A book recommendation prompted by a tip from Kate Schatz, the author of our upcoming PJ Harvey’s Rid of Me: A Story.
Lost City Radio is a first novel by Daniel Alarcon. It’s a remarkably evocative portrait of a war-ravaged South American country, in which husbands/sons/boyfriends/lovers routinely disappear, in which very few people can even remember how – or even why – the war began in the first place, and in which one radio show, hosted by the honey-voiced Norma, grips the nation every week as it takes calls from listeners who are hoping to be reunited with friends or family members who vanished months or years ago.
This is a very, very good novel.
You can buy the book on Amazon here, and here’s a short extract from the start of Chapter Ten.
For Norma, the war began fourteen years earlier, the day she was sent to cover a fire in Tamoe. She was just a copy editor at the radio station then, and had never been on the air, her voice an undiscovered treasure. She and Rey had been married for more than two years, but she still thought of herself as a newlywed. He was due to return from the jungle that afternoon. It was October, nearing the sixth anniversary of the beginning of the war, though no one kept time that way in those days.
Norma arrived on the scene to find the firemen watching as the house burned. A few men with guns and masks stood in front of the fire. A polite crowd had gathered around the house, arms crossed, blinking away the acrid smoke. Norma could still make out the word TRAITOR painted in black on the burning wall. The terrorists didn’t move or make threats – they didn’t have to. The firemen were volunteers. They wouldn’t take a bullet for a fire. It was late afternoon at the edge of the city, and soon it would be dark. There were no streetlights in this part of the district. Norma’s eyes stung. The firemen had given up. One of them sat on his hard plastic helmet, smoking a cigarette. “Are you going to do anything?” Norma asked.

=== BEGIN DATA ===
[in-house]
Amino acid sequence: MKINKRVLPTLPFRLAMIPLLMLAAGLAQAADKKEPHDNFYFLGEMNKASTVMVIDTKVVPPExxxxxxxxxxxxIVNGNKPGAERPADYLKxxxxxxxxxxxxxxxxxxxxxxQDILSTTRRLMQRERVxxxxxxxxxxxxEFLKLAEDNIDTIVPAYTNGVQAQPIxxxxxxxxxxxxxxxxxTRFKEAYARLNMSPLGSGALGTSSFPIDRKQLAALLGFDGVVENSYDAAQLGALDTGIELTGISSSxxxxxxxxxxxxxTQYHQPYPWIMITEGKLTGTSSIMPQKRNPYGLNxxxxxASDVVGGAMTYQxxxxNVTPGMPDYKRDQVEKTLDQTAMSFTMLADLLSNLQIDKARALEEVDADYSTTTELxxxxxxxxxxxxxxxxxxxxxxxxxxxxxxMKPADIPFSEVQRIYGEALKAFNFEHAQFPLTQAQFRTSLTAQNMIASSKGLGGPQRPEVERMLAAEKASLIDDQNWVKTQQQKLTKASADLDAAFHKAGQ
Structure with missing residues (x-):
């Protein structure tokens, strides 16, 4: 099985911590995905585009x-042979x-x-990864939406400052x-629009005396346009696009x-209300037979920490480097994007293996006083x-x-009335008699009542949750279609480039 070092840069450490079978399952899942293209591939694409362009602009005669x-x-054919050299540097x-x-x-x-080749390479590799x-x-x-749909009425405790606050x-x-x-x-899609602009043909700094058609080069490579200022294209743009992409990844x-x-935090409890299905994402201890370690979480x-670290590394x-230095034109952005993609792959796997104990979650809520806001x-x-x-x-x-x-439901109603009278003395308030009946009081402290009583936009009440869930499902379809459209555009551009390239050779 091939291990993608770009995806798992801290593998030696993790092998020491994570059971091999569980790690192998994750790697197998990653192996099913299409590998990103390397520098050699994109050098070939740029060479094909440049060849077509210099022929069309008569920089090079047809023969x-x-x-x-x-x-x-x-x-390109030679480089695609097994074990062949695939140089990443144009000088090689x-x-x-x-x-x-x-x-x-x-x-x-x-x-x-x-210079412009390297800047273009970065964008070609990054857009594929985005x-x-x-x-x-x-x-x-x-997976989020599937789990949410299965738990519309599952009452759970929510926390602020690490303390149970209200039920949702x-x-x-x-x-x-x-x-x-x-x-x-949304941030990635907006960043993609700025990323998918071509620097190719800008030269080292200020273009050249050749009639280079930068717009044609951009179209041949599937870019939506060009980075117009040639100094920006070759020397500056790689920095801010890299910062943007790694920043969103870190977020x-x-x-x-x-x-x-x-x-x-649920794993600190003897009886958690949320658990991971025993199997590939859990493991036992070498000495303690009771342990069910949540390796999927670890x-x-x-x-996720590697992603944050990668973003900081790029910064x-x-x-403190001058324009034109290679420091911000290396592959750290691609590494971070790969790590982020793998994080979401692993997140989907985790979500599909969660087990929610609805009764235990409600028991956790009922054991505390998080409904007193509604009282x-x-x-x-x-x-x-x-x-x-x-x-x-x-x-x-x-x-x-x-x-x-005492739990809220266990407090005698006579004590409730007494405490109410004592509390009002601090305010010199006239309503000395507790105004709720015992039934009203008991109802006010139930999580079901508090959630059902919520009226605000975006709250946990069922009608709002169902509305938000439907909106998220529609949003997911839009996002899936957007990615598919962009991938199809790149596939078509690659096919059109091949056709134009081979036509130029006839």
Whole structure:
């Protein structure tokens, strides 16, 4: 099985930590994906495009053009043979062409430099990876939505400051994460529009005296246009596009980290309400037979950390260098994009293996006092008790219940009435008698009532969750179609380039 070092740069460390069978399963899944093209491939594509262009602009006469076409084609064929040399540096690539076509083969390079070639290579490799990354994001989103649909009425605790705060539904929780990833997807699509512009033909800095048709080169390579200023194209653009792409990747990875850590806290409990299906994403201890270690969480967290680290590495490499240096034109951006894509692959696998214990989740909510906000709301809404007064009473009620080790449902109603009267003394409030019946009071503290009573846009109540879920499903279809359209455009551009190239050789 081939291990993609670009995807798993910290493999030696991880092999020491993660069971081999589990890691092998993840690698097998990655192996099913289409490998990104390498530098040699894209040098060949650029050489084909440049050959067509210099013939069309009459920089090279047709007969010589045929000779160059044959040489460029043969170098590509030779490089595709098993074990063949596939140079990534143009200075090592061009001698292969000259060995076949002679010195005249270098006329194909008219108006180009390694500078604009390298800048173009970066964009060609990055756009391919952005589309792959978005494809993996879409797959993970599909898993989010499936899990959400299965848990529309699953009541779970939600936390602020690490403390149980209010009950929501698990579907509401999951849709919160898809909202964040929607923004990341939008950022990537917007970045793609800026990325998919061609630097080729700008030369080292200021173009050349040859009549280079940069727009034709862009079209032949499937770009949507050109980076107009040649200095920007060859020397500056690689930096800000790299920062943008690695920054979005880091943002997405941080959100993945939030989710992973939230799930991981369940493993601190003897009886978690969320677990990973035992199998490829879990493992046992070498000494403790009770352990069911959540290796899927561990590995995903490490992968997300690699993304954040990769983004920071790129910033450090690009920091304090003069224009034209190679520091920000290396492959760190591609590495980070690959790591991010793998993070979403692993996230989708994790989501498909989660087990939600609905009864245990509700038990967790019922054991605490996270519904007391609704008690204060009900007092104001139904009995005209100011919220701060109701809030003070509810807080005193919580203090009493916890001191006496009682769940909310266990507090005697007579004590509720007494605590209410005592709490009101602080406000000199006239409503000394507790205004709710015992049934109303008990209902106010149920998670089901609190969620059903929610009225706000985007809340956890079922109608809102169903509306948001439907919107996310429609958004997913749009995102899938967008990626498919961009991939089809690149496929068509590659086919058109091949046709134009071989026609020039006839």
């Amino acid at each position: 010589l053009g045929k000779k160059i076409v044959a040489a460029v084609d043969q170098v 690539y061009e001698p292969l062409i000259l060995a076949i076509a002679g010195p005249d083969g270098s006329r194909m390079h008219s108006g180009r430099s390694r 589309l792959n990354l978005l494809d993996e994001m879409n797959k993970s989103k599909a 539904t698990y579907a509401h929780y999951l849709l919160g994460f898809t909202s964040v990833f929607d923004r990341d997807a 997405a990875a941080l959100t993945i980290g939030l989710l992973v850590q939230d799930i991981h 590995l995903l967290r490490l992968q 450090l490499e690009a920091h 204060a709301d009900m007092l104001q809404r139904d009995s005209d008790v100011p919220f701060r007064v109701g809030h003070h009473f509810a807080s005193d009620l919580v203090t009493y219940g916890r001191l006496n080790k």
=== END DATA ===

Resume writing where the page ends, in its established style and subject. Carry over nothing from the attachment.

The man shook his head. His face was dotted with whitish stubble. “Are you?”
“I’m just a reporter.”
“So report. Why don’t you start with this: there’s a man inside. He’s tied to a wooden chair.”
The fireman blew smoke from his nose in dragon bursts.
And for the duration of the war, more than the firefights in the Old Plaza, more than the barricaded streets of The Cantonment or even the apocalyptic Battle of Tramoe – this is what Norma remembered: this man inside, this stranger, tied to a chair. For the rest of that long night and into the early morning, as the news came from a dozen remote points in the city, news of an offensive, news of an attack, as the first of the Great Blackouts spread across the capital – Norma took it all in with the drugged indifference of a sleepwalker. Cruelty was something she couldn’t process that day. On another day, perhaps, she might have done better. She looked the fireman in the eye, hoping to find a hint of untruth, but there was none. The people watched the flames dispassionately. The fire crackled, the house fell in on itself, and Norma listened for him. Surely, he was dead already. Surely his lungs were full of smoke and his heart still. For Norma, there was only a light-headed feeling, like being hollowed out. She felt incapable of writing anything down, of asking a single question. At the edge of the crowd, a girl of thirteen or fourteen sucked on a lollipop. Her mother rang the tiny bell on her juice cart, and it clinked brightly.